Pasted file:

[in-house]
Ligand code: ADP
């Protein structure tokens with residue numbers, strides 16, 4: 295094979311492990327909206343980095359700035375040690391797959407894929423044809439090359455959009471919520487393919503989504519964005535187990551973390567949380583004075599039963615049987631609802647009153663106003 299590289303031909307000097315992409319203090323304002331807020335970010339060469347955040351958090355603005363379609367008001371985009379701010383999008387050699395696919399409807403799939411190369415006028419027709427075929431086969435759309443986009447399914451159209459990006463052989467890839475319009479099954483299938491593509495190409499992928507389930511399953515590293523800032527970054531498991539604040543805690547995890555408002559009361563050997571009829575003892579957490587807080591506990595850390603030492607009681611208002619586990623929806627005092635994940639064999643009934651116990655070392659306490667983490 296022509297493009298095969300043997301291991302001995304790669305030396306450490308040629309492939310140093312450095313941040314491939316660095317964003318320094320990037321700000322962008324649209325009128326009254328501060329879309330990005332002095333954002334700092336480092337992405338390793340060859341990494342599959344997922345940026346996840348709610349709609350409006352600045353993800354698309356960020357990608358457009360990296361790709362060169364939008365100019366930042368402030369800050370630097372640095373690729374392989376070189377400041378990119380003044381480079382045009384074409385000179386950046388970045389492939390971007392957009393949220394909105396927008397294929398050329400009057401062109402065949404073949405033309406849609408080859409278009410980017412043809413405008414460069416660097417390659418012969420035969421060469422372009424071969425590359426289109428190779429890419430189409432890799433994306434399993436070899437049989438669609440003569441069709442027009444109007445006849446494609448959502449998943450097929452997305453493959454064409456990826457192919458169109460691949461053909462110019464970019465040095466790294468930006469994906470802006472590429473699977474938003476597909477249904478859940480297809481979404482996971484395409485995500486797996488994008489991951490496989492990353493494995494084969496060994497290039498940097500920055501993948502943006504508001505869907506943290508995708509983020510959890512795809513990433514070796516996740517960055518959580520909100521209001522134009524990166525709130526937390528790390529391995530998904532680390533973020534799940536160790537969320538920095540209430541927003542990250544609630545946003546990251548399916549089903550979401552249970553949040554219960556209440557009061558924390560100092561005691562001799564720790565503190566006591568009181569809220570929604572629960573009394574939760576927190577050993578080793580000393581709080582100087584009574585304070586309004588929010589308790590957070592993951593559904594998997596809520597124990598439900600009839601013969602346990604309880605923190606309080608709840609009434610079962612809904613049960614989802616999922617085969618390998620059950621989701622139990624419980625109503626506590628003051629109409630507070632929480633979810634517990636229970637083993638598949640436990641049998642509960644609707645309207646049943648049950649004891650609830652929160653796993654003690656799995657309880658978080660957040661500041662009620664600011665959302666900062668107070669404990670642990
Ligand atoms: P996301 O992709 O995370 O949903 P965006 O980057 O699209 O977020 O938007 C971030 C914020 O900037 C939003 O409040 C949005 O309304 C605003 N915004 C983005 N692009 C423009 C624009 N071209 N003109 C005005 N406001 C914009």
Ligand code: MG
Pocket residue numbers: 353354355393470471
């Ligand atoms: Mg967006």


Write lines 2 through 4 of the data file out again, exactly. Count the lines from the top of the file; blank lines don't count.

Ligand code: ADP
């Protein structure tokens with residue numbers, strides 16, 4: 295094979311492990327909206343980095359700035375040690391797959407894929423044809439090359455959009471919520487393919503989504519964005535187990551973390567949380583004075599039963615049987631609802647009153663106003 299590289303031909307000097315992409319203090323304002331807020335970010339060469347955040351958090355603005363379609367008001371985009379701010383999008387050699395696919399409807403799939411190369415006028419027709427075929431086969435759309443986009447399914451159209459990006463052989467890839475319009479099954483299938491593509495190409499992928507389930511399953515590293523800032527970054531498991539604040543805690547995890555408002559009361563050997571009829575003892579957490587807080591506990595850390603030492607009681611208002619586990623929806627005092635994940639064999643009934651116990655070392659306490667983490 296022509297493009298095969300043997301291991302001995304790669305030396306450490308040629309492939310140093312450095313941040314491939316660095317964003318320094320990037321700000322962008324649209325009128326009254328501060329879309330990005332002095333954002334700092336480092337992405338390793340060859341990494342599959344997922345940026346996840348709610349709609350409006352600045353993800354698309356960020357990608358457009360990296361790709362060169364939008365100019366930042368402030369800050370630097372640095373690729374392989376070189377400041378990119380003044381480079382045009384074409385000179386950046388970045389492939390971007392957009393949220394909105396927008397294929398050329400009057401062109402065949404073949405033309406849609408080859409278009410980017412043809413405008414460069416660097417390659418012969420035969421060469422372009424071969425590359426289109428190779429890419430189409432890799433994306434399993436070899437049989438669609440003569441069709442027009444109007445006849446494609448959502449998943450097929452997305453493959454064409456990826457192919458169109460691949461053909462110019464970019465040095466790294468930006469994906470802006472590429473699977474938003476597909477249904478859940480297809481979404482996971484395409485995500486797996488994008489991951490496989492990353493494995494084969496060994497290039498940097500920055501993948502943006504508001505869907506943290508995708509983020510959890512795809513990433514070796516996740517960055518959580520909100521209001522134009524990166525709130526937390528790390529391995530998904532680390533973020534799940536160790537969320538920095540209430541927003542990250544609630545946003546990251548399916549089903550979401552249970553949040554219960556209440557009061558924390560100092561005691562001799564720790565503190566006591568009181569809220570929604572629960573009394574939760576927190577050993578080793580000393581709080582100087584009574585304070586309004588929010589308790590957070592993951593559904594998997596809520597124990598439900600009839601013969602346990604309880605923190606309080608709840609009434610079962612809904613049960614989802616999922617085969618390998620059950621989701622139990624419980625109503626506590628003051629109409630507070632929480633979810634517990636229970637083993638598949640436990641049998642509960644609707645309207646049943648049950649004891650609830652929160653796993654003690656799995657309880658978080660957040661500041662009620664600011665959302666900062668107070669404990670642990
Ligand atoms: P996301 O992709 O995370 O949903 P965006 O980057 O699209 O977020 O938007 C971030 C914020 O900037 C939003 O409040 C949005 O309304 C605003 N915004 C983005 N692009 C423009 C624009 N071209 N003109 C005005 N406001 C914009």